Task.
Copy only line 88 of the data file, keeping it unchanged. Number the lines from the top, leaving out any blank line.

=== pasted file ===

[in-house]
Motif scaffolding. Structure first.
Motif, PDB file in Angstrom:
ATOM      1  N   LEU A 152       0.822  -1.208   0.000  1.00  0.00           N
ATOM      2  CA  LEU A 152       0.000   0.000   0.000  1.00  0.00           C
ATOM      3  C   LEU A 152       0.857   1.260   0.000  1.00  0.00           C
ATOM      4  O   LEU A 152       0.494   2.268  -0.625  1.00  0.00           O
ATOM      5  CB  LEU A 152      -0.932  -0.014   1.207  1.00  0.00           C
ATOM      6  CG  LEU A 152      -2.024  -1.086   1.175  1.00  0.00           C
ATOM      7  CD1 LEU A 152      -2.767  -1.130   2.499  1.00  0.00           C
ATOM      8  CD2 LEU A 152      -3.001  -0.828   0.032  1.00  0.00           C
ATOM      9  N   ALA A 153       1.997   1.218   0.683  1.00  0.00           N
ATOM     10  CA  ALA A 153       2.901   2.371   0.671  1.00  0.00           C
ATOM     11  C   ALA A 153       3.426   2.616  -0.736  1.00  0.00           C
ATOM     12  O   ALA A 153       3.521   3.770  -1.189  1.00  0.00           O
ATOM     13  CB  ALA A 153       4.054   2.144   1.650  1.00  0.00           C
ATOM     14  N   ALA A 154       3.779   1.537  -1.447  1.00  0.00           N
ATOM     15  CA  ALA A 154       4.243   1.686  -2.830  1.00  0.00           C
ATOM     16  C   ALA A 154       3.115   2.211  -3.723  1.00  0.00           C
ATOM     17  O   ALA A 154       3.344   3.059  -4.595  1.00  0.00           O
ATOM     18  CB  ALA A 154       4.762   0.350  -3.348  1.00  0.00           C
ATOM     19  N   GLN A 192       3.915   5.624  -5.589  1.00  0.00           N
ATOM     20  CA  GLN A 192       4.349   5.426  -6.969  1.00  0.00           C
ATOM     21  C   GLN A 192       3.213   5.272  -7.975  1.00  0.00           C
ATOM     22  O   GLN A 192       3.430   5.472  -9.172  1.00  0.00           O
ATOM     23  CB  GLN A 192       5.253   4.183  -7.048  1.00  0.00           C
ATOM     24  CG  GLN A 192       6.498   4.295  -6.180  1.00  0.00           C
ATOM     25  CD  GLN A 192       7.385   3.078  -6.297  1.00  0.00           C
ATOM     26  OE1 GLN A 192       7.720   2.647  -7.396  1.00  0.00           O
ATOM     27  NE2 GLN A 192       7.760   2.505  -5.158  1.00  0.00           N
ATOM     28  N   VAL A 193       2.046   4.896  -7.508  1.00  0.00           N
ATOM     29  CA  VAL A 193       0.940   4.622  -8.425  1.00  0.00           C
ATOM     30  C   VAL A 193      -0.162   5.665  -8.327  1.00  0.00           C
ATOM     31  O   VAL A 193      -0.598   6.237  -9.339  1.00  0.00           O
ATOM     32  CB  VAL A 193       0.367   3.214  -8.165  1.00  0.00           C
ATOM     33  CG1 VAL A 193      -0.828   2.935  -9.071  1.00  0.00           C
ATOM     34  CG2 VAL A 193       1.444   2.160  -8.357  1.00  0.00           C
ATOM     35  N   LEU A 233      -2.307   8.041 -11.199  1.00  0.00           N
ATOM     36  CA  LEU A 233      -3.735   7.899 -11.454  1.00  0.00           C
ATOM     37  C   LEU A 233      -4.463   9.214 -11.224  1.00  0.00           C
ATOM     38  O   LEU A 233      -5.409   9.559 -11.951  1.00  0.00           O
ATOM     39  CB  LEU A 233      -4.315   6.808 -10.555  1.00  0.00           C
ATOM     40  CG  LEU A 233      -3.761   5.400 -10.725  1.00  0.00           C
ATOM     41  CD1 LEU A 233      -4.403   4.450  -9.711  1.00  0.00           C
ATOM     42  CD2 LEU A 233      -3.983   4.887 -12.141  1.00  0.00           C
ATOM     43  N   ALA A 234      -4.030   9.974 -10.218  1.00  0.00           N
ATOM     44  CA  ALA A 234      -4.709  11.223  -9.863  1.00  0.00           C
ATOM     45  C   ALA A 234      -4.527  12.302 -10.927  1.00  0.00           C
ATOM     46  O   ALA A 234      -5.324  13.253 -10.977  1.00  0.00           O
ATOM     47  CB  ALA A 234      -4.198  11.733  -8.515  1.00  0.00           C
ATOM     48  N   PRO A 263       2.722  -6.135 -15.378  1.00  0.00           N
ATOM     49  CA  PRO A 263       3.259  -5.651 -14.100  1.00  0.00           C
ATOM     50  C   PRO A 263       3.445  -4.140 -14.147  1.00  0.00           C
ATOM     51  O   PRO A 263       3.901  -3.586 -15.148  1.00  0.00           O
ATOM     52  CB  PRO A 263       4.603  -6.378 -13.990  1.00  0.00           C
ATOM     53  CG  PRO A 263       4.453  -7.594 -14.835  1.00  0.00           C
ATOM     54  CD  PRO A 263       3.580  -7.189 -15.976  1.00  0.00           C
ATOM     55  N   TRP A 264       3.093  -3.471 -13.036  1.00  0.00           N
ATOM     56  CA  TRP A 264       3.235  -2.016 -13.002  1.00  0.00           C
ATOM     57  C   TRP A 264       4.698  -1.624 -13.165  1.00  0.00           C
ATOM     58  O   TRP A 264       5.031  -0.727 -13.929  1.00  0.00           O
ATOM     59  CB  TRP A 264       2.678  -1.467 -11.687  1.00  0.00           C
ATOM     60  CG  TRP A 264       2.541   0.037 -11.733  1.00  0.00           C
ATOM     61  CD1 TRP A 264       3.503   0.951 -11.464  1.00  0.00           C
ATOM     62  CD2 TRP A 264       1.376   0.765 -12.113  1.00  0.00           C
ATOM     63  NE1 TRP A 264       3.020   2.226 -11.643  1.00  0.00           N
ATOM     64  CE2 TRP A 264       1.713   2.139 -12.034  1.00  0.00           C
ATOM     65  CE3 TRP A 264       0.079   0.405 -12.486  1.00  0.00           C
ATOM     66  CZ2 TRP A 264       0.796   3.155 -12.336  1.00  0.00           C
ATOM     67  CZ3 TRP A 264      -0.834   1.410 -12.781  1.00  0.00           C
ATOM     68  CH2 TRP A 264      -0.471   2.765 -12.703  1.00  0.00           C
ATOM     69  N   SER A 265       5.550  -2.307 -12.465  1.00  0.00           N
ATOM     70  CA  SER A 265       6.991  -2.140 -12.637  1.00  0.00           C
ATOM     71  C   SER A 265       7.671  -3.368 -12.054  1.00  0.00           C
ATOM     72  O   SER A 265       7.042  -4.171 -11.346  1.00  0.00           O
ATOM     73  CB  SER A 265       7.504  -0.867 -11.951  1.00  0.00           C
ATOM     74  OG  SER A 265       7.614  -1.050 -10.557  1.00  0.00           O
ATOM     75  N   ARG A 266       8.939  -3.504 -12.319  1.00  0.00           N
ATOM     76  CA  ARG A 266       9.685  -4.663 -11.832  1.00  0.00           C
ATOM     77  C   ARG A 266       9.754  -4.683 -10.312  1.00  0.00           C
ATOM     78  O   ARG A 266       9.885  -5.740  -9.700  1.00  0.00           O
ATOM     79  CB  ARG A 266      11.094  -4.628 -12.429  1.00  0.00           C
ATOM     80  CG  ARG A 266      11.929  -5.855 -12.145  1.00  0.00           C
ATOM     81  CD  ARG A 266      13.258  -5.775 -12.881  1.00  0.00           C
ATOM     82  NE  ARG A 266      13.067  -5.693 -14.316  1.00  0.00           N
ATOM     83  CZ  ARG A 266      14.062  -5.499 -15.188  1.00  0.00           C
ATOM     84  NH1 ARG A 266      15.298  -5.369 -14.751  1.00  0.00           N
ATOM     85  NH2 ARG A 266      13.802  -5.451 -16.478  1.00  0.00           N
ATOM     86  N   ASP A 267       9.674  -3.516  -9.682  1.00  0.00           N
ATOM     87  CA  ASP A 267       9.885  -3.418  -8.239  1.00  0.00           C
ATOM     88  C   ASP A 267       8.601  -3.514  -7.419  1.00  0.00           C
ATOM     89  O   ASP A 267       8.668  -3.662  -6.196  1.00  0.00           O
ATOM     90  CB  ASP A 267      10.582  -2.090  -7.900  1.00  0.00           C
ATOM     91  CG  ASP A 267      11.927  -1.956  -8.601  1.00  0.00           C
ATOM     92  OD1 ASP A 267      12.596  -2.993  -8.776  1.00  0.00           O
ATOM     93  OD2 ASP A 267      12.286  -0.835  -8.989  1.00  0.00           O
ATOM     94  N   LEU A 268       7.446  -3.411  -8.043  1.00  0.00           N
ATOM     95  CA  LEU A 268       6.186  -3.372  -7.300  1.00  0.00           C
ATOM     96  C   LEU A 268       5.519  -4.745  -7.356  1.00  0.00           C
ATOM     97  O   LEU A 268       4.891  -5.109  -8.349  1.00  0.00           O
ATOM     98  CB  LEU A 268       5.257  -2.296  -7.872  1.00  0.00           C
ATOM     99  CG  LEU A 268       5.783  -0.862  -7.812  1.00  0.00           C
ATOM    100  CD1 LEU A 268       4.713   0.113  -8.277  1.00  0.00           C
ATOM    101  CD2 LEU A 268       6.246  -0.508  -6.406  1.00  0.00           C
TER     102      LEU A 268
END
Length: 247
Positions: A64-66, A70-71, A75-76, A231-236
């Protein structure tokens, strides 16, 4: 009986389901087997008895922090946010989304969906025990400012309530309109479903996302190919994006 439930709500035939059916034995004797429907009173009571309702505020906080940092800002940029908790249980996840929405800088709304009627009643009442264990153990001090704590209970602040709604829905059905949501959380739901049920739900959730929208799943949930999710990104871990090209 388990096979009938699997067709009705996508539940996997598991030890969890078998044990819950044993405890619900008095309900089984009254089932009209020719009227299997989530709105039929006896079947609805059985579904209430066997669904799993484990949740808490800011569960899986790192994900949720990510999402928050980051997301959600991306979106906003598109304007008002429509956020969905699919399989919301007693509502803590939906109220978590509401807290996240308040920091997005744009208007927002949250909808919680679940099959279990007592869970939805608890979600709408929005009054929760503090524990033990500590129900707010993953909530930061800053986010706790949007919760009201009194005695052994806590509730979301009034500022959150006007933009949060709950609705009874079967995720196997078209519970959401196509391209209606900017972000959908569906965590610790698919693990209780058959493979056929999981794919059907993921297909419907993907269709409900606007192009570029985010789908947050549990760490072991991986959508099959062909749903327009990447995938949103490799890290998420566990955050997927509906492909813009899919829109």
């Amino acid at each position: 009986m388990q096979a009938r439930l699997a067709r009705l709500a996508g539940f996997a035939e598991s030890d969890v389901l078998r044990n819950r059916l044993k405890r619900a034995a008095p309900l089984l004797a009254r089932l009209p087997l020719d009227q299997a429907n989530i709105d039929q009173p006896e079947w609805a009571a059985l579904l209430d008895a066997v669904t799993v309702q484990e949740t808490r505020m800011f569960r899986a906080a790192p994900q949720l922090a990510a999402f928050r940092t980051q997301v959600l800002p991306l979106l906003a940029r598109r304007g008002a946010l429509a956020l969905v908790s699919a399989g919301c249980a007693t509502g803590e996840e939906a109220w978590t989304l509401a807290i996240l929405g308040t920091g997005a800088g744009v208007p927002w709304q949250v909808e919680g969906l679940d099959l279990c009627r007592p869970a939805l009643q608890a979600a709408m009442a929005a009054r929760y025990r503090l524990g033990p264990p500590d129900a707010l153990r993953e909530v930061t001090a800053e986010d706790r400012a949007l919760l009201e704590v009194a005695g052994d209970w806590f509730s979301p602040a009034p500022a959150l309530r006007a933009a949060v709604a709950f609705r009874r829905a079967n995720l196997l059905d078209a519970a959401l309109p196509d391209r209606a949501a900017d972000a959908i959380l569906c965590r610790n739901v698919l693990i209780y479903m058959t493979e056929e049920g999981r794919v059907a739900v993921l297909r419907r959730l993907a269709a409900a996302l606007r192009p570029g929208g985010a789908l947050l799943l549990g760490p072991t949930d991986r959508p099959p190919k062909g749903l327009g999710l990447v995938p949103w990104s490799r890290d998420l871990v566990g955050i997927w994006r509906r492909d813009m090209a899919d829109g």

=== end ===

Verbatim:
ATOM     85  NH2 ARG A 266      13.802  -5.451 -16.478  1.00  0.00           N